YouTuber slammed over 'terrible' experiment: 'Talk about pollution and waste'

A YouTuber is facing backlash online for his recent video, during which he wasted thousands paper towel rolls while testing whether he could soak up all of the water in a pool.

Tyler Oliveira, who has more than 589,000 subscribers on YouTube, uploaded the experiment on Jan. 10 titled, "Can 1,000,000 Paper Towels Absorb A Swimming Pool?" On that same day, he pinned a response to the criticism he was receiving in the comments section of his video.

"These paper towels existed independently of whether or not I would have used them," Oliveira wrote. "These paper towels existed and would have been used at some point in the foreseeable future. But yes, perhaps, I had a micro impact on the demand of paper towels throughout the entire paper towel industry. Who knows."

Scroll to continue with content
Ad

He also made a vaguely unrelated point about how the "house you live in as you watch this video, is, largely, made of wood. Trees, in fact."

According to the beginning of the video, Oliveira was inspired after a TikTok video in which he attempted to "clean up" a glass of water he "spilled" in the pool went viral. He then began to wonder how much it would take to soak up all of the water in his pool — a question he said his TikTok "sparked across the nation" — and promptly ordered 100,000 paper towel rolls to his house.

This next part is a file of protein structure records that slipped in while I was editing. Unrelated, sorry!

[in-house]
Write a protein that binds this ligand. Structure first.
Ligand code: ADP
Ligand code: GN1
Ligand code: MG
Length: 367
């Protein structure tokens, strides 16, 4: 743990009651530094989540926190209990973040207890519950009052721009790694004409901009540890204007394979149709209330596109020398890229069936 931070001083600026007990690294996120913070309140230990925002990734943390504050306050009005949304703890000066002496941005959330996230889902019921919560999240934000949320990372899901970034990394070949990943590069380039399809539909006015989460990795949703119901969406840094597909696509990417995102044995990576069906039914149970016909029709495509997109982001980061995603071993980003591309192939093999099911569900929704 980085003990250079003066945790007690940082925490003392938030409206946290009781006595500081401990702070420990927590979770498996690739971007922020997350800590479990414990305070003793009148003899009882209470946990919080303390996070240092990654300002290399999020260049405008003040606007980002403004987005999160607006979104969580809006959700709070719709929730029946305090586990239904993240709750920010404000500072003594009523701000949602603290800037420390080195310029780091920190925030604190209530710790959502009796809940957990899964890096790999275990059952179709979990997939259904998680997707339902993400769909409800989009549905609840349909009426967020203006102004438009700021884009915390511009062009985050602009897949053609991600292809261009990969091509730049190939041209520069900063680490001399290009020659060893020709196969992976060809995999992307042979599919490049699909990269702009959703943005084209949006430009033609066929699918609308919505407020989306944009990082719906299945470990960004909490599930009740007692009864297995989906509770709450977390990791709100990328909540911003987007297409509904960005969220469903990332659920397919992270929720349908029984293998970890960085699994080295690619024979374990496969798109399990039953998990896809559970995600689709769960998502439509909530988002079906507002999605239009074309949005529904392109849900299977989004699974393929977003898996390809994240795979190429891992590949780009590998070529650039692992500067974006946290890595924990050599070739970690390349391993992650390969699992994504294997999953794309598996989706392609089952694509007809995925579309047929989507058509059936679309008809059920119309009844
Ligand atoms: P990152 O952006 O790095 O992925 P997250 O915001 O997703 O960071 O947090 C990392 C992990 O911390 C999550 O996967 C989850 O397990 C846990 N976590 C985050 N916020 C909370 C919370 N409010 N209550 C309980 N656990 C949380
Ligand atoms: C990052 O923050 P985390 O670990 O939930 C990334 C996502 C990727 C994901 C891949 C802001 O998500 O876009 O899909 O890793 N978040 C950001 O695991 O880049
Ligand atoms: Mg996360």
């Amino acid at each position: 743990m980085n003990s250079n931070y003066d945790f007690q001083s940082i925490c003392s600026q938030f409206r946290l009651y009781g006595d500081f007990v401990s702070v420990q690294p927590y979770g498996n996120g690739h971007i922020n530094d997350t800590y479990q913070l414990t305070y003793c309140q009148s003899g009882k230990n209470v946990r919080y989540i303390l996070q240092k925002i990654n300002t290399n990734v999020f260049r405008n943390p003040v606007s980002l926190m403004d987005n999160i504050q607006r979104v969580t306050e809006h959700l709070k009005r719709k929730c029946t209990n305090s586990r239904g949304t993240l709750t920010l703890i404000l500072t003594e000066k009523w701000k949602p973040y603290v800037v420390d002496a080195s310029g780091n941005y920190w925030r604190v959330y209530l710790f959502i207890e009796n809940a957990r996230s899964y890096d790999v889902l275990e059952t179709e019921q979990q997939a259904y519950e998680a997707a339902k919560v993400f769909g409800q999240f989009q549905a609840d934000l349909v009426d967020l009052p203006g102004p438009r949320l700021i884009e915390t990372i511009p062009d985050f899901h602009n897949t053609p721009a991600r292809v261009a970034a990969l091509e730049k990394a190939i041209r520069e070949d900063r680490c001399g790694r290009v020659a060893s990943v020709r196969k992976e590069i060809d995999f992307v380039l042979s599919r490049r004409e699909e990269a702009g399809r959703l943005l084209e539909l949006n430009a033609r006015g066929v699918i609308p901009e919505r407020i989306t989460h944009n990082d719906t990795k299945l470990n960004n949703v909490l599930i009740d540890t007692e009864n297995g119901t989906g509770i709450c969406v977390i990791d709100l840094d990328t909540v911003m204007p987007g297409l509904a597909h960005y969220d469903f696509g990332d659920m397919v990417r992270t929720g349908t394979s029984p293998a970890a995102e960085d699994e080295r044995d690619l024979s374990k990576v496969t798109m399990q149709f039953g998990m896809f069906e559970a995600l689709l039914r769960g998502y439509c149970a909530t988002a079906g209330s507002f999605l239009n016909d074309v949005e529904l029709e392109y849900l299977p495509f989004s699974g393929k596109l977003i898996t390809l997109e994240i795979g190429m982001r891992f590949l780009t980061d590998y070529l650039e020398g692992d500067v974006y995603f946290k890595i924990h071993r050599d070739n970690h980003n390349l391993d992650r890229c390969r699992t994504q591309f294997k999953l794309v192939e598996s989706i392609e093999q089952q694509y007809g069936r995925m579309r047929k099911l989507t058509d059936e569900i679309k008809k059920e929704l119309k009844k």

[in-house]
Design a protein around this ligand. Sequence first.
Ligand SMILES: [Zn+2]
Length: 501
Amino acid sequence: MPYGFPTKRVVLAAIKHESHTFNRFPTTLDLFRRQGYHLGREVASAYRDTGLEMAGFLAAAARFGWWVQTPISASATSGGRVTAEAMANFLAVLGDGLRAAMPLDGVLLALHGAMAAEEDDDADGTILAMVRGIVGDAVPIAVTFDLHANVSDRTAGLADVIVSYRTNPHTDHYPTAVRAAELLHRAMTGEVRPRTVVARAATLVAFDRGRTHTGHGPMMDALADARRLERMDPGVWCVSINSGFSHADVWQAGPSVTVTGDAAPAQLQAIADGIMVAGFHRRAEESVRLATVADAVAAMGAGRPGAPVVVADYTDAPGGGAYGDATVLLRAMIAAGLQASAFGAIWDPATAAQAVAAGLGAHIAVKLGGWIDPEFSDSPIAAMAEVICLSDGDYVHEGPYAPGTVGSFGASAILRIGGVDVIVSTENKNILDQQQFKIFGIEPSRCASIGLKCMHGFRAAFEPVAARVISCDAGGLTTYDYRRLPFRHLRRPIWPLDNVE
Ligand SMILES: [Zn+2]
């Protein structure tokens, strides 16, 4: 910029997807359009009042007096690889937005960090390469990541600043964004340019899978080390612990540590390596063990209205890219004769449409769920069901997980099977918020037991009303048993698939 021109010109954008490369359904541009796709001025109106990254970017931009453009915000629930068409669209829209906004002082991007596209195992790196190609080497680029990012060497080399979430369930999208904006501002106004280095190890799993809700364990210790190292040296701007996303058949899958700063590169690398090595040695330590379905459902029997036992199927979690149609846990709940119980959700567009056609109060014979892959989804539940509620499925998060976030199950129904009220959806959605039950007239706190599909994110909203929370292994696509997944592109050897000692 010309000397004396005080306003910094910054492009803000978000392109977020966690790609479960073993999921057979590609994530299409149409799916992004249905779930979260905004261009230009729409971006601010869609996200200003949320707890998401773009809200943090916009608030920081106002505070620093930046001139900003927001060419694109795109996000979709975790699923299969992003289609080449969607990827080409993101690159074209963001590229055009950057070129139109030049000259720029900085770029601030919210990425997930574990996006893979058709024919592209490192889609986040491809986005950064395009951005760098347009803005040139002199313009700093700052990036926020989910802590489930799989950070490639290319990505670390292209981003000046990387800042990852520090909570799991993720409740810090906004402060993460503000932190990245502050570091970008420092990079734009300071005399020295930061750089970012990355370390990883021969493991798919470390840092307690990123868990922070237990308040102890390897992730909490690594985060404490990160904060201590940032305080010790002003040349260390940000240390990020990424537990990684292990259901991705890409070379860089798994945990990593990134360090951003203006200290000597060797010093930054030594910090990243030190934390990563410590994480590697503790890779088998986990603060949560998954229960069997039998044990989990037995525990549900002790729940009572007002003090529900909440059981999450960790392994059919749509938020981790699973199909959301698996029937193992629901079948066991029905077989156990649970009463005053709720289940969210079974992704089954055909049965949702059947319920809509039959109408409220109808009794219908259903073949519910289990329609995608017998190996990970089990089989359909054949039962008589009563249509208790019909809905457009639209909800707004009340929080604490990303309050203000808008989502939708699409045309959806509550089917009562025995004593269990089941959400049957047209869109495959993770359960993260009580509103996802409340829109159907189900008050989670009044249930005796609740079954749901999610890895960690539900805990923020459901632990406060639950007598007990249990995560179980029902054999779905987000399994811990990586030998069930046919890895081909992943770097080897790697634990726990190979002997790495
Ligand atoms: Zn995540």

The video consists of Oliveira tossing full paper towel rolls into his pool and now has over 188,000 views. After failing to absorb gallons of pool water, Oliveira concludes the video by piling all of the soaked paper towels into a garbage bin, which he then tries to blow up.

The majority of commenters were unimpressed with Oliveira's stunt.

"Talk about pollution and waste," posted one commenter. 

"The amount of paper towels that was wasted is terrible," said another.

A 2011 study published by The Guardian found that paper towels were the least environmentally-friendly way to dry hands and clean items. Paper towels were found to generate 70 percent more carbon emissions than hand-dryers. 

What to Read Next